slowing down an aquarium water pump?

Go To Last Post
13 posts / 0 new
Author
Message
#1
  • 1
  • 2
  • 3
  • 4
  • 5
Total votes: 0

I have a simple $10 water pump (probably AC motor since runs from mains) that I would like to slow down, maybe even assign some control for the RPM. How can I do that with this type of motor?

  • 1
  • 2
  • 3
  • 4
  • 5
Total votes: 0

I guess you wont know until you start pulling it apart. Would assume you could just add a potentiometer to get RPM control.

  • 1
  • 2
  • 3
  • 4
  • 5
Total votes: 0

No.

If it is a simple line powered motor with no brushes (ie, not a "universal" motor), then the shaft speed is fixed to the line frequency. To control the speed, you will need to build an inverter that generates a variable frequency "sorta_sine" to power the motor. Its not so easy.

Jim

Jim Wagner Oregon Research Electronics, Consulting Div. Tangent, OR, USA http://www.orelectronics.net

  • 1
  • 2
  • 3
  • 4
  • 5
Total votes: 0

You can reduce the speed of induction motors by reducing the voltage, such as with a resistor, capacitor, or phase control ("dimmer"). Torque falls of rapidly with reduced voltage so stalling becomes a problem if you go to far. Since you have a pump, using feedback from a pressure transducer to control voltage via a phase control can give you pretty good flow control. As a practical solution to reducing flow, you might just put a valve on the pump's discharge line. This eliminates the stalling problem and centrifugal pumps generally do not care if flow is restricted.

Tom Pappano
Tulsa, Oklahoma

  • 1
  • 2
  • 3
  • 4
  • 5
Total votes: 0

One solution is to turn the motor on/off periodically. Sort of a slow motion PWM.

If this is a brushless induction motor then You really can adjust the speed by limiting motor current but the adjustable range is far from great. The adjustment is also hightly non-linear.

Some of the "simplest" motors are only designed to run with that fixed speed so trying to control their speed is not even possible.

A very simple frequency converter can be done by omitting half waves from the AC. This has to be done symmetrically to avoid AC buildup on the motor. For example omitting every other half wave yields half of the frequency. You need to investigate WHEN to turn on/off the switch - it is NOT on the zero crossing because of the phase lag created by the motor.

  • 1
  • 2
  • 3
  • 4
  • 5
Total votes: 1

Probably there is no motor at all. Simple membrane pump with solenoid on 50Hz.

  • 1
  • 2
  • 3
  • 4
  • 5
Total votes: 0

johnfound wrote:
Probably there is no motor at all. Simple membrane pump with solenoid on 50Hz.

Actually I can take the top of the pump off and see the shaft with the "propeller" at one end.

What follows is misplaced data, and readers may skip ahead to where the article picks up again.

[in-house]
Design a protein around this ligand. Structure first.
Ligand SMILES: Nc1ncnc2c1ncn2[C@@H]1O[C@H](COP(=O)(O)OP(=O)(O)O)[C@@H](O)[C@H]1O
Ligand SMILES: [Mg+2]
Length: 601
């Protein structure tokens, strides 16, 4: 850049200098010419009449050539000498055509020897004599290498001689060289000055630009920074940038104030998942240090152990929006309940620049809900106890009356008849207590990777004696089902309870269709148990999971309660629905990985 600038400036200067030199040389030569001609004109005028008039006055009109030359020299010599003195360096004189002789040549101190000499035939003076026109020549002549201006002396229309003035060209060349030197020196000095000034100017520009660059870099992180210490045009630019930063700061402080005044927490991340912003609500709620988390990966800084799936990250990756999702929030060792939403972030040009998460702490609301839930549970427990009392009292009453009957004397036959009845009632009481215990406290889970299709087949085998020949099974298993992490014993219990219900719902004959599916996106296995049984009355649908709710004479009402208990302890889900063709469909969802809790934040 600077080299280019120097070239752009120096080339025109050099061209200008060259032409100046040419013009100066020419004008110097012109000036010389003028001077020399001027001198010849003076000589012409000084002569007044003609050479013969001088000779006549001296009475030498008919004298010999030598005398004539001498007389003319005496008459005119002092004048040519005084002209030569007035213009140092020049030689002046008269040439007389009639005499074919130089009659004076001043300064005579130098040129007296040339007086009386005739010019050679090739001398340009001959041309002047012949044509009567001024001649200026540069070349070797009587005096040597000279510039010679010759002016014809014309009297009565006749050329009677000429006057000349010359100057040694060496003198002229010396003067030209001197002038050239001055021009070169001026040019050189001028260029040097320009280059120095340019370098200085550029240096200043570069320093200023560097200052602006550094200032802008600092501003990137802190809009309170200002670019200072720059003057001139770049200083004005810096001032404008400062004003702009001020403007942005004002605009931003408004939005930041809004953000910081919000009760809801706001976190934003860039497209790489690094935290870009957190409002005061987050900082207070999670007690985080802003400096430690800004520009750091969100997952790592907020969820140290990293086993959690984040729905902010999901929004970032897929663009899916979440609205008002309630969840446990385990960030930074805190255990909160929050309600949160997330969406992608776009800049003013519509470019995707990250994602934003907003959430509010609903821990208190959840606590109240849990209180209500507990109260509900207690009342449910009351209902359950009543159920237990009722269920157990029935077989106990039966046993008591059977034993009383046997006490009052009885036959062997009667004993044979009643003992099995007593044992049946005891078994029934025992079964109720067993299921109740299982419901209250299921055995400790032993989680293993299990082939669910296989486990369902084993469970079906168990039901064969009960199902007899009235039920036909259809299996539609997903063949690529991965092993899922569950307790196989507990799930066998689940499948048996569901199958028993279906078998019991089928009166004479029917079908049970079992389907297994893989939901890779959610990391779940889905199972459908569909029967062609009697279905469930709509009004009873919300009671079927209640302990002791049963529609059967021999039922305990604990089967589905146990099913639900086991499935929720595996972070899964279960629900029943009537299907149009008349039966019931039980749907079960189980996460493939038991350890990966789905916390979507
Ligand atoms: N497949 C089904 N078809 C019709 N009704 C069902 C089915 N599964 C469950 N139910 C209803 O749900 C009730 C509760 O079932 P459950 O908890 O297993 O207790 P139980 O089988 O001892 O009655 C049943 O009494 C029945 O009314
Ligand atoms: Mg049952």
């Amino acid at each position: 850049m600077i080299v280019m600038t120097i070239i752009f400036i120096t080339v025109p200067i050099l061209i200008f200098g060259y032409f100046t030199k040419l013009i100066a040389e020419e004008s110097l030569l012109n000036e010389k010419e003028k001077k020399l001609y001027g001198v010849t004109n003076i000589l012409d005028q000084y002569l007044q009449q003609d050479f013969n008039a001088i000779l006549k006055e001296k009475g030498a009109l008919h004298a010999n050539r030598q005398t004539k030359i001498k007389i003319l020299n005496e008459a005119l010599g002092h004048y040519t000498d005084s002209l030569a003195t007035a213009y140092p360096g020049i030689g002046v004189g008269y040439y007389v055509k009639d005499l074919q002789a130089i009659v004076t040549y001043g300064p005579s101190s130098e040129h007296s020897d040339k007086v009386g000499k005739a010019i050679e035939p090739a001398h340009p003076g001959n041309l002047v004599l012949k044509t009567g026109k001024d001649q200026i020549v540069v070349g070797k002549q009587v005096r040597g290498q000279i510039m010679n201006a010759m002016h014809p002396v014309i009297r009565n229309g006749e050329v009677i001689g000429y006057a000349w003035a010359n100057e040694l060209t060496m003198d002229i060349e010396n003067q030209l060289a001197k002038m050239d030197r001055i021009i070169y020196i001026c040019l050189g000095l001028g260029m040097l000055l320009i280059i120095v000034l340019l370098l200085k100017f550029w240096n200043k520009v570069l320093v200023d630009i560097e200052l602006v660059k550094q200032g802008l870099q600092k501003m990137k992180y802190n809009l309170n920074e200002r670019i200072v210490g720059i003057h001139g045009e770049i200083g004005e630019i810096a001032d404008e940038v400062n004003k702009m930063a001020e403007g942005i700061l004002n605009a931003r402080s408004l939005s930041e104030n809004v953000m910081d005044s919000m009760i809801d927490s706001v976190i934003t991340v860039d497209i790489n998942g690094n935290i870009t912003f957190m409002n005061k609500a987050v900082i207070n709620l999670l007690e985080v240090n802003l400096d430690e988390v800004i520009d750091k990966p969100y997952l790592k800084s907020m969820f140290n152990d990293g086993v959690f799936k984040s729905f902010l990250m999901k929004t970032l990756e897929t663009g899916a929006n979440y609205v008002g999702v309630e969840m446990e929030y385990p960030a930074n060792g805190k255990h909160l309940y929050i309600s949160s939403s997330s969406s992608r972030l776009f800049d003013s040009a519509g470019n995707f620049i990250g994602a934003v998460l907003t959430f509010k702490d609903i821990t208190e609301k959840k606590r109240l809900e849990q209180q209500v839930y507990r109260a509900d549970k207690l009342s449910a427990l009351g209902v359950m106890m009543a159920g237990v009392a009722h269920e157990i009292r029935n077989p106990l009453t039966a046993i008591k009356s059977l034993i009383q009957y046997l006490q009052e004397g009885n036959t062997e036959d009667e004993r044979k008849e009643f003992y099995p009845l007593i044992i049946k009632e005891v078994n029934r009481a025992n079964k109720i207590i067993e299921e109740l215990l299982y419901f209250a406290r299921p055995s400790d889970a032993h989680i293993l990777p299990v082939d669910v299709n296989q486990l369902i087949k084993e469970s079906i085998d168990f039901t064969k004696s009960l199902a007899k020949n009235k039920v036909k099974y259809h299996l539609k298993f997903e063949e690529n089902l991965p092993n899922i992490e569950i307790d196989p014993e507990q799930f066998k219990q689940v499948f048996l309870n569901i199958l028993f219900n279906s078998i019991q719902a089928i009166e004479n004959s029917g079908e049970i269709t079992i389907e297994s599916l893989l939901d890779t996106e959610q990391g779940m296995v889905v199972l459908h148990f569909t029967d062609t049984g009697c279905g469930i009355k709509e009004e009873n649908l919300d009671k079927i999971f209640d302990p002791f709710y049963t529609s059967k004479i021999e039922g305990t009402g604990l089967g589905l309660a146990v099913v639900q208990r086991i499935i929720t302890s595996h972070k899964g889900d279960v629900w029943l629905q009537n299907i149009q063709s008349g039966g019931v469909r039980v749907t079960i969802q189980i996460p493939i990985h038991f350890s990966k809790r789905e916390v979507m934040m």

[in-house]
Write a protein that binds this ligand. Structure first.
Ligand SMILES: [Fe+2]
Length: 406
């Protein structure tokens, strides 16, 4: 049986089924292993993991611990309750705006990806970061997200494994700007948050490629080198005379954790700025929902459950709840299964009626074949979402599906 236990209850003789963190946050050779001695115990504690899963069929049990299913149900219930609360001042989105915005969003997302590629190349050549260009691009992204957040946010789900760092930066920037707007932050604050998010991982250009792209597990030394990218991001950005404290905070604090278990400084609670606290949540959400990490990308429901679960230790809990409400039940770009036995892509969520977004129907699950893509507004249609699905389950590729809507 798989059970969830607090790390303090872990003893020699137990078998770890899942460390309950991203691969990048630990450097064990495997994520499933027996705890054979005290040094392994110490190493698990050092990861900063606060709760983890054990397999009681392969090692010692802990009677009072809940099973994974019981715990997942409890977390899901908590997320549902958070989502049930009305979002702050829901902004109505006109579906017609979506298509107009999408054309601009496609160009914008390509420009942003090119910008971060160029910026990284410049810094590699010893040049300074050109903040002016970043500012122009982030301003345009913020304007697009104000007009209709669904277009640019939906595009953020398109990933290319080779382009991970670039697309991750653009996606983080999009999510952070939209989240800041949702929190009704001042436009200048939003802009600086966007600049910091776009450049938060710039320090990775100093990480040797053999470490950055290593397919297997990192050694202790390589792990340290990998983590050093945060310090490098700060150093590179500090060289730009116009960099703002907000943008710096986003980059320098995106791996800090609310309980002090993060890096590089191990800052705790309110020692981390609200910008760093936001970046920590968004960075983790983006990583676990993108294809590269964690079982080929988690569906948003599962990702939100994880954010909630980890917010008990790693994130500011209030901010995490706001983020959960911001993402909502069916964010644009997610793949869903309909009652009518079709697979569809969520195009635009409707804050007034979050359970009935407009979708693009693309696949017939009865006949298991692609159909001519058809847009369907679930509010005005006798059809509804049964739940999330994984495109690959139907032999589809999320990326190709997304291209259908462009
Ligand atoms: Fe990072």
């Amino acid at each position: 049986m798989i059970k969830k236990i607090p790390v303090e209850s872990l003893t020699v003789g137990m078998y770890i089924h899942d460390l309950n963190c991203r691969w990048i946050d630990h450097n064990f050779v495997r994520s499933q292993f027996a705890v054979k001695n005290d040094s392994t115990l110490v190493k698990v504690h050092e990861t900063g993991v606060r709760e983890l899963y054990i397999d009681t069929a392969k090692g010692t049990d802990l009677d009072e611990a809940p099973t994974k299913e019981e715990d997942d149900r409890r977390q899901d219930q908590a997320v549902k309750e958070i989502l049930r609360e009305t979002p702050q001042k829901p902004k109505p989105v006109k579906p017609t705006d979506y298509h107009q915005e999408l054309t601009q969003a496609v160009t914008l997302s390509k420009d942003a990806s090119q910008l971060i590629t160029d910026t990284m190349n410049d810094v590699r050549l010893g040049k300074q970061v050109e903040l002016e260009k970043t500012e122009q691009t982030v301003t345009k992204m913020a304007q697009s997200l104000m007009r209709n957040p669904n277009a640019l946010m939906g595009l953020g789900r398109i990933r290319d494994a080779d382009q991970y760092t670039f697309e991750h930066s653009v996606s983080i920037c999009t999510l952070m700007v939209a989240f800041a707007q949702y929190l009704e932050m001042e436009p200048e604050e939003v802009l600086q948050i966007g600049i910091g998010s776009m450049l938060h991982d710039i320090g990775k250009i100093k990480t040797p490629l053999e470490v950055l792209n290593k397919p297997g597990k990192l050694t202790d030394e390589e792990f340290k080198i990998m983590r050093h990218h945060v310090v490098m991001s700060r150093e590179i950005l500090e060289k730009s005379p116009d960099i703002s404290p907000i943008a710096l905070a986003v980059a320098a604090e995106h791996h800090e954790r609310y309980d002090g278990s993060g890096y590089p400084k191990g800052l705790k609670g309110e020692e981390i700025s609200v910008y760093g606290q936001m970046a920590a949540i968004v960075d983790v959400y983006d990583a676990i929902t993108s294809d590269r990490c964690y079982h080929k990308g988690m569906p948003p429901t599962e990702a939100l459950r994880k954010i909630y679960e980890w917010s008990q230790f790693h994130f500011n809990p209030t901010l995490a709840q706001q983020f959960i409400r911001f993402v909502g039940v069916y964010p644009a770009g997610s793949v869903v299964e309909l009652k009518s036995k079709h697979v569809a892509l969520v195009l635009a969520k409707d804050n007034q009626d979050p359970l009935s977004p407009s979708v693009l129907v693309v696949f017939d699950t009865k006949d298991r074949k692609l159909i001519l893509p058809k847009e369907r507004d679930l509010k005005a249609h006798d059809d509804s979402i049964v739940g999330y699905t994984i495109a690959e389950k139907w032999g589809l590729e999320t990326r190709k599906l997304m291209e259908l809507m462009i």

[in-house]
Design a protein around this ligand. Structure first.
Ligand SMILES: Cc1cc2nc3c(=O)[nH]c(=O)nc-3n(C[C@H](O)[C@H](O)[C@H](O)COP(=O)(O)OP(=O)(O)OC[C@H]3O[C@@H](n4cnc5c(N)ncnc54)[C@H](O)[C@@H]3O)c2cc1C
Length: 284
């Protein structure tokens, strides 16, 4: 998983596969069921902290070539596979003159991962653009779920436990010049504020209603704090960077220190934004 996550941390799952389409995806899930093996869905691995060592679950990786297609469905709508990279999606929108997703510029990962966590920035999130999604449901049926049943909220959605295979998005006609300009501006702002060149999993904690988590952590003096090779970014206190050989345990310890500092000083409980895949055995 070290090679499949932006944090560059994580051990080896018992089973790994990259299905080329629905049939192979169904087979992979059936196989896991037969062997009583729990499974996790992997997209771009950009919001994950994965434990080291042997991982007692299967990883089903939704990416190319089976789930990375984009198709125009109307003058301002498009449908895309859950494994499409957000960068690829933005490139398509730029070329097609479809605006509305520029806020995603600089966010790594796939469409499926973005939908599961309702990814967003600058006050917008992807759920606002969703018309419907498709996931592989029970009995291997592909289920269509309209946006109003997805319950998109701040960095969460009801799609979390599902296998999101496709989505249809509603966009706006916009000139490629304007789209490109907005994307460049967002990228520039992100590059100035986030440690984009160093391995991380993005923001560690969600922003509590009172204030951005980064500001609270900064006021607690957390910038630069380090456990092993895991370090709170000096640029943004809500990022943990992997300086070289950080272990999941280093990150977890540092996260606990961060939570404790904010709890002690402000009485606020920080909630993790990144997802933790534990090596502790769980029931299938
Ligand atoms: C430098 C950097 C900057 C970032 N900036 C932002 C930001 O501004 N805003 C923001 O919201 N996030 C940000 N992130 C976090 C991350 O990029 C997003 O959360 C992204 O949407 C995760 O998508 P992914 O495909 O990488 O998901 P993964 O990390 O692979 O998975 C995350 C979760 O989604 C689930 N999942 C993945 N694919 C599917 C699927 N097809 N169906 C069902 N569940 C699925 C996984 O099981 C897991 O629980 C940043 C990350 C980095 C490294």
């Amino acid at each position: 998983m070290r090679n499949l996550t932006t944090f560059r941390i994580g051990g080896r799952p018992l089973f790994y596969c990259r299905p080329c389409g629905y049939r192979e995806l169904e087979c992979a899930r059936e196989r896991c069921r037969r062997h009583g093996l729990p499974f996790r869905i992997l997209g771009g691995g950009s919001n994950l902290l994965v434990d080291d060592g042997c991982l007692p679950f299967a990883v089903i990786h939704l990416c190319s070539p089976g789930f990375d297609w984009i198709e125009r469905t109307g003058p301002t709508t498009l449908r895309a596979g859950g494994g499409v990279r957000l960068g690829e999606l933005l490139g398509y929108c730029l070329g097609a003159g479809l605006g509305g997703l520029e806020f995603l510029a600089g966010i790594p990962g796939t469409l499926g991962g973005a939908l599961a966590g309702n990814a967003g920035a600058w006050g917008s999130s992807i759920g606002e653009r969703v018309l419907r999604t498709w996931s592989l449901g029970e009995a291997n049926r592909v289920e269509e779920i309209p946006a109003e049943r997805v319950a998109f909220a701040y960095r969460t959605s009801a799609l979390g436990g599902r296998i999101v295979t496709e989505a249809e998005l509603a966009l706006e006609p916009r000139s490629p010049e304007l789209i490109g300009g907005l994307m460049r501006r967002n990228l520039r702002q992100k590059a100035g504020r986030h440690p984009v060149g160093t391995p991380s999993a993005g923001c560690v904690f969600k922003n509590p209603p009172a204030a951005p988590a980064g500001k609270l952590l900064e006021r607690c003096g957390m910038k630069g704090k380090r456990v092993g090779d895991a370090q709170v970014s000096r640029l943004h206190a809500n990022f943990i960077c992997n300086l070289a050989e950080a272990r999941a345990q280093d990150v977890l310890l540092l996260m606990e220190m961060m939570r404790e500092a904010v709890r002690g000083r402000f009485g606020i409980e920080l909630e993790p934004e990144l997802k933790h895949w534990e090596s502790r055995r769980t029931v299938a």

The problem is that the motor is housed inside an epoxy which was casted all over it making it impossible to see any electronic components (if at all present) or the motor assembly itself.

  • 1
  • 2
  • 3
  • 4
  • 5
Total votes: 0

If this is an airpump, is there any reason you cannot attach a T adapter at the end, and a variable valve on one stem to bleed off excess pressure?

If you want to get really fancy, you could stick a chamber there, with a pressure sensor and a vent valve.

  • 1
  • 2
  • 3
  • 4
  • 5
Total votes: 0

The "propeller" is known as an impeller in this type of pump.

You can restrict the flow-rate and the motor will just waste power but otherwise come to no harm.

So you are really stuck with a variable frequency drive, intermittent pumping, or continuous flow with a bleed or restriction.

The first option is not viable for a $10 pump.
Perhaps a $5 pump will give you the desired flow-rate.

David.

  • 1
  • 2
  • 3
  • 4
  • 5
Total votes: 0

Quote:
So you are really stuck with a variable frequency drive, intermittent pumping, or continuous flow with a bleed or restriction.

And variable voltage drive

Tom Pappano
Tulsa, Oklahoma

  • 1
  • 2
  • 3
  • 4
  • 5
Total votes: 0

It would be useful to know the end application.  Is it indeed for aquarium use?  If so, as already mentioned, simple petcocks are a standard accessory to limit air flow.

 

But if for another use -- then give more details.  We have a family of apps that require a couple PSI.  I found DC-powered "pumps" from ink-jet printers that are quite quiet, not expensive, and work OK.  We actually use a pressure sensor to close the loop and turn the pump on/off as needed.  Can be used for pressure or vacuum.  E.g.

http://www.ebay.com/itm/DC24V-7W...

http://www.ebay.com/itm/4pcs-lot...

 

You can put lipstick on a pig, but it is still a pig.

I've never met a pig I didn't like, as long as you have some salt and pepper.

Last Edited: Mon. Sep 25, 2017 - 01:54 PM
  • 1
  • 2
  • 3
  • 4
  • 5
Total votes: 0

Lee, eight-year-old thread.  Spam was deleted, hence the 'refresh'

"Experience is what enables you to recognise a mistake the second time you make it."

"Good judgement comes from experience.  Experience comes from bad judgement."

"When you hear hoofbeats, think horses, not unicorns."

"Fast.  Cheap.  Good.  Pick two."

"Read a lot.  Write a lot."

"We see a lot of arses on handlebars around here." - [J Ekdahl]

 

  • 1
  • 2
  • 3
  • 4
  • 5
Total votes: 0

joeymorin wrote:
Lee, eight-year-old thread.

lol -- never noticed.

 

 

You can put lipstick on a pig, but it is still a pig.

I've never met a pig I didn't like, as long as you have some salt and pepper.